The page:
PG&E singles out newer Community Choice Energy agencies as complicating the planning process (p.7). Regulatory authority over CCA’s is divided between the CPUC and the respective municipalities of each CCA. To add to the governmental fragmentation, the State Water Quality Control Board on Sept. 1 approved extending the lives of the four coastal gas power plants.
Jim Phelps, a utility engineer in Marin County, stated in an email: “the only way the CPUC can compel CCA’s to buy more gas power for emergencies is if the Resource Adequacy (RA) formula is changed, and that flows through the CPUC. CCA’s are also governed by municipal stakeholders and Joint Powers Authority members.”
The CPUC didn’t begin to regulate CCA’s until 2018. But that hasn’t been totally effective. Steve Berberich, CEO of Cal-ISO, has said that CCA’s were ordered to procure additional gas power in 2019 for anticipated shortfalls in 2020, but instead pursued battery storage.
California wants to shift to hybrid solar-battery power plants, but the solar plants would have to be in the desert and the batteries located near customers in a distributed (local) grid.
But where would be the backup for unreliable solar power? This would entail fragmented microgrids but how would the grid operator assure reliability and where is the CPUC plan for microgrids? The CPUC may flip these microgrids to Community Choice Energy agencies, but many cities already want out of CCA’s because of the higher costs of power than from PG&E or Edison (City of Dixon, Palos Verdes Estates, San Luis Obispo County, Rancho Palos Verdes).
What the CPUC filing by PG&E indicates is that the recent rolling blackouts occurring during the recent heat wave are not due to a cascading failure of the system, wind or fire damage to transmission lines, circuit breaker failure, transformer failures or lightning. Neither is it a deficiency of enough solar and wind power to meet the early peak hour demands (9 am to 6 pm). In fact, California often has to pay other utilities to take its excess solar power late in the day.
Nor are blackouts necessarily due to reliance on imported power from other states because it was imported natural gas and coal power that kept Southern California free of rolling blackouts.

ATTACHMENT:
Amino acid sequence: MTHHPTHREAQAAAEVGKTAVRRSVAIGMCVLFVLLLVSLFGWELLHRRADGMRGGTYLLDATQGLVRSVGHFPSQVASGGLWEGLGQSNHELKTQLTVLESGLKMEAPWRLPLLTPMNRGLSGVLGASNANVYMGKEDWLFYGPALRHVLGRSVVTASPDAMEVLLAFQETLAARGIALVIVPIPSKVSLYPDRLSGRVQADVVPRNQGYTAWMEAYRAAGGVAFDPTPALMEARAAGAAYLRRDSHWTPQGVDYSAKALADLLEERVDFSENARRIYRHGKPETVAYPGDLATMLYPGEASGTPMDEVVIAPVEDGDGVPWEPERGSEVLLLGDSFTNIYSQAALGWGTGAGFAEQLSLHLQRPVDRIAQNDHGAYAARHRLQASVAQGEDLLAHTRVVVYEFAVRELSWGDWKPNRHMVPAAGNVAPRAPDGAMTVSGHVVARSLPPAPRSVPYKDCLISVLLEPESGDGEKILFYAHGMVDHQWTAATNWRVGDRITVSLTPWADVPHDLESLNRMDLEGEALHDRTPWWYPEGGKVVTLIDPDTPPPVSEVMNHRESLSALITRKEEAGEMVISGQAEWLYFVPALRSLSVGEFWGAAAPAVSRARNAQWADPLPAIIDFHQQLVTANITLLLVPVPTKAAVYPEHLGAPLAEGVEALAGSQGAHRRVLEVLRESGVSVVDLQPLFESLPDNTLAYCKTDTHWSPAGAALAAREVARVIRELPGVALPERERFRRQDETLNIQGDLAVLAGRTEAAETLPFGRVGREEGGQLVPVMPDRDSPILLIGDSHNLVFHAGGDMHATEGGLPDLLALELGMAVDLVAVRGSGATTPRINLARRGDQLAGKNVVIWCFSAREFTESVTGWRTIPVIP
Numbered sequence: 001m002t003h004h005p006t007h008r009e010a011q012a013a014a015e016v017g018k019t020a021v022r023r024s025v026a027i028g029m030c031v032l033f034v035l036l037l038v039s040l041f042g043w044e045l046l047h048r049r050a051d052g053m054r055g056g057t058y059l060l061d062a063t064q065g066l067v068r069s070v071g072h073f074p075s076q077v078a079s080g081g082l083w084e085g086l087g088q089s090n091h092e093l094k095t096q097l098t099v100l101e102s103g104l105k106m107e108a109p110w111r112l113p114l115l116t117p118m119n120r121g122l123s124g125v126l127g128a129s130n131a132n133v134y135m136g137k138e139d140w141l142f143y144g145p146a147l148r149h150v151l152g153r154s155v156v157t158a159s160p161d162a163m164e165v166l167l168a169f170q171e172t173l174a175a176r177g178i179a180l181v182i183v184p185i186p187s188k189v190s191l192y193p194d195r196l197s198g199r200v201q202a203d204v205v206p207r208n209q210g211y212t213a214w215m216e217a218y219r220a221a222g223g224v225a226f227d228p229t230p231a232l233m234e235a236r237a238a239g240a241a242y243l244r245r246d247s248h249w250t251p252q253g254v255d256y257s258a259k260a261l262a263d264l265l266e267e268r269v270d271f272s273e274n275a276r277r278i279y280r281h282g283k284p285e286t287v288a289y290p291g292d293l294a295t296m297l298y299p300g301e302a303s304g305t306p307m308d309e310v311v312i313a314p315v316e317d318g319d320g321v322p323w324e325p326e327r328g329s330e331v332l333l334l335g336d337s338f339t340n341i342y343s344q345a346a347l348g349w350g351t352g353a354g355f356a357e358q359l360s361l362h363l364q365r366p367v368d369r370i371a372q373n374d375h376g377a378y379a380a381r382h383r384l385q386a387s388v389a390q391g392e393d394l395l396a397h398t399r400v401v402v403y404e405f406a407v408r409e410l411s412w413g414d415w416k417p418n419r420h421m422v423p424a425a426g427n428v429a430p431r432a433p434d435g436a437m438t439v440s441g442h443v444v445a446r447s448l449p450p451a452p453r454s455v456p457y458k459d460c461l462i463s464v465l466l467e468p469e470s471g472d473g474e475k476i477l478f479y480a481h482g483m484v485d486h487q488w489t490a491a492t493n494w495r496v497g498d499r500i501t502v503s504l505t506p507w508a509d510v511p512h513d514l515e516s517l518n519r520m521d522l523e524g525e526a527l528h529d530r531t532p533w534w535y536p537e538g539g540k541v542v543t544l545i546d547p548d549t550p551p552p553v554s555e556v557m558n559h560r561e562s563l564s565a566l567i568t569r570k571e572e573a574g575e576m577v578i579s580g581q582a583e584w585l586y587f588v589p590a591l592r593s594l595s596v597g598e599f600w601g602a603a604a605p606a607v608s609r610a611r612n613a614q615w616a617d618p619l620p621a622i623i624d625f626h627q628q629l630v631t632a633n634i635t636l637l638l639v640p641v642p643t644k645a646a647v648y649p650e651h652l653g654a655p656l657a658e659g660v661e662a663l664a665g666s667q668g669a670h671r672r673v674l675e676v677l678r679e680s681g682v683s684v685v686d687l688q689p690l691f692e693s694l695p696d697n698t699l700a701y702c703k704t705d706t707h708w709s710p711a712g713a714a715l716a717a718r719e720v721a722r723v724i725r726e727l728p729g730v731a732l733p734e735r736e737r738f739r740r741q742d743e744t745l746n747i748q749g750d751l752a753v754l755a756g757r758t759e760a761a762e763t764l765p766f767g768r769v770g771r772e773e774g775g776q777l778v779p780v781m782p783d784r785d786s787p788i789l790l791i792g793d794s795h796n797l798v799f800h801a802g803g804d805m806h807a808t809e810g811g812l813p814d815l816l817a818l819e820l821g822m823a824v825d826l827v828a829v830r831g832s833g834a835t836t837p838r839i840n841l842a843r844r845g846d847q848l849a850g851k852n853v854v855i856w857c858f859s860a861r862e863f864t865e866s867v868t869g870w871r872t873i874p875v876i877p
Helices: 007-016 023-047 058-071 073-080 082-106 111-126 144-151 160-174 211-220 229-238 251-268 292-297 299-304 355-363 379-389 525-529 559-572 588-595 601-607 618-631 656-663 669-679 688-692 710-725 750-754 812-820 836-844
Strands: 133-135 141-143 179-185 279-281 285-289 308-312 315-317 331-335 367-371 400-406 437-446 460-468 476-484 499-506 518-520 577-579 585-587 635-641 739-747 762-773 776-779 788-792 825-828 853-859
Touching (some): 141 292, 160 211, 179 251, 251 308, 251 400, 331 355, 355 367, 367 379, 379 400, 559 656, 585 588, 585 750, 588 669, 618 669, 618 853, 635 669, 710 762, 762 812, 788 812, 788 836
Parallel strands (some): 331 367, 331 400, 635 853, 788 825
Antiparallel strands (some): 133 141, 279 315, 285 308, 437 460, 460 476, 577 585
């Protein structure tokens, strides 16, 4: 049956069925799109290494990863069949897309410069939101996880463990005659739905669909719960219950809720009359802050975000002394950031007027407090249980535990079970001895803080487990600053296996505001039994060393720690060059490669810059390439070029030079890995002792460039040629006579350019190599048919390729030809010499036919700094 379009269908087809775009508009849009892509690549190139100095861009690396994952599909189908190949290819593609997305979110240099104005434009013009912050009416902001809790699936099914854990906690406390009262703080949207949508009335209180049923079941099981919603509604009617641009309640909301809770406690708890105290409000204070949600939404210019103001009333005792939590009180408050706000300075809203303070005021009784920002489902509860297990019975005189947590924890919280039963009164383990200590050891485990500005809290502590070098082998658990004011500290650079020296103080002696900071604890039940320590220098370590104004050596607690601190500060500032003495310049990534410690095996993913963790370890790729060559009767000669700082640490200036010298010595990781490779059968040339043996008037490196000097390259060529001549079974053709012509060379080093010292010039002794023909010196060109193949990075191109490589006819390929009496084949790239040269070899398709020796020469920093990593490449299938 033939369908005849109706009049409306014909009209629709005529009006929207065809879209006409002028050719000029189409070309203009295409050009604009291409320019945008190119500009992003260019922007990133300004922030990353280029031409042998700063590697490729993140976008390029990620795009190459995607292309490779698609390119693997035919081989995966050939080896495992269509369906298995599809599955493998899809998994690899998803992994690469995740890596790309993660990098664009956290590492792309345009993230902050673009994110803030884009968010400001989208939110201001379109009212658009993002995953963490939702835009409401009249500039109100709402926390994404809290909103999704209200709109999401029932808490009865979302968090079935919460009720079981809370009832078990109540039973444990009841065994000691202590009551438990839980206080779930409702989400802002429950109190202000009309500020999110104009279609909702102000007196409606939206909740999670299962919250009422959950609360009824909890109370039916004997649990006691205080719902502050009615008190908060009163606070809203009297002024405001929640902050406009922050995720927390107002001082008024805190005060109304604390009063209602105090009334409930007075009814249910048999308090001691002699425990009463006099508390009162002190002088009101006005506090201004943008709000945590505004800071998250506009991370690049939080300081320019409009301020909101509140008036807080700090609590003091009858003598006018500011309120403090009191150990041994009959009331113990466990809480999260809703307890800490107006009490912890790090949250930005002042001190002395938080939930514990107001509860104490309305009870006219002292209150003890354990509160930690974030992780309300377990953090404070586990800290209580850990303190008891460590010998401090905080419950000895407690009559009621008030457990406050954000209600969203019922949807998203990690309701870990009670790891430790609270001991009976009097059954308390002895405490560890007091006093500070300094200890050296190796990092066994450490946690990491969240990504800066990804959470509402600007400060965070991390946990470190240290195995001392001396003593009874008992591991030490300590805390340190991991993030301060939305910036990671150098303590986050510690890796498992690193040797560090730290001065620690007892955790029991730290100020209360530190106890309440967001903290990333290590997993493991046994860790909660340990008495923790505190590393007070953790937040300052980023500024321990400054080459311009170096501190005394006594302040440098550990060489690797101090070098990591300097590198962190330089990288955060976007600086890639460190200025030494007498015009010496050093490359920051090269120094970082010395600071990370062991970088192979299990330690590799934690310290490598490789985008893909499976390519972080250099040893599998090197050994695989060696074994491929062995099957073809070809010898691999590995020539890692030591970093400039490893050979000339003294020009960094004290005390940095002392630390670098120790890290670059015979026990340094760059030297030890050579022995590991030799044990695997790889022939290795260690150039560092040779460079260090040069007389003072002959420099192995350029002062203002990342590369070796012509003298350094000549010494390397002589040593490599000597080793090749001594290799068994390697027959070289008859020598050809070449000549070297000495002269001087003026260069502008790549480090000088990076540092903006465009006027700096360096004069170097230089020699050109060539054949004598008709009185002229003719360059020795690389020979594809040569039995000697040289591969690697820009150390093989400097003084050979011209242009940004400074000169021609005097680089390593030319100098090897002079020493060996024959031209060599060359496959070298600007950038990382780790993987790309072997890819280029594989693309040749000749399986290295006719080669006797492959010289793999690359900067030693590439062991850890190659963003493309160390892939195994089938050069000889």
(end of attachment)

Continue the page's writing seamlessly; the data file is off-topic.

But that power was procured by long-term contracts, not in the daily spot market. Not enough spot market power from nearby states was available during the heat wave for some parts of California because those other states had also shifted to solar power and needed to retain their natural gas and coal power to meet their own needs during sunset hours. Southern California especially needs to rely on imported power to meet air quality mandates but has done so through long-term power contracts.
California’s grid operator – Cal-ISO – had been warning of the probability of rolling blackouts for some time because there is a deficiency in fast dispatching power plants. But even Cal-ISO may have been surprised that the regional Western Energy Imbalance Market they created in 2014 for backup power failed to have enough capacity to export power to California during the hot spell. The spread of solar power to nearby states has diminished any quickly dispatchable power for export to California.
The spread of green solar power by California’s Global Warming Solutions Act of 2006 (AB 32) to other states has brought about the intended consequence of not enough local peaker power plants and imported power and accompanying blackouts, not deregulation or privatization, energy trading, technical breakdown or error, or natural events, just as in 2001.
- Peter Gleick’s National Water Plan for California - October 12, 2020
- Court Opens Up Big Prop.13 Loophole for ‘Public Franchise Fees’ - October 2, 2020
- New Cal Grid CEO is Ex-Enron Green Power Trader - September 29, 2020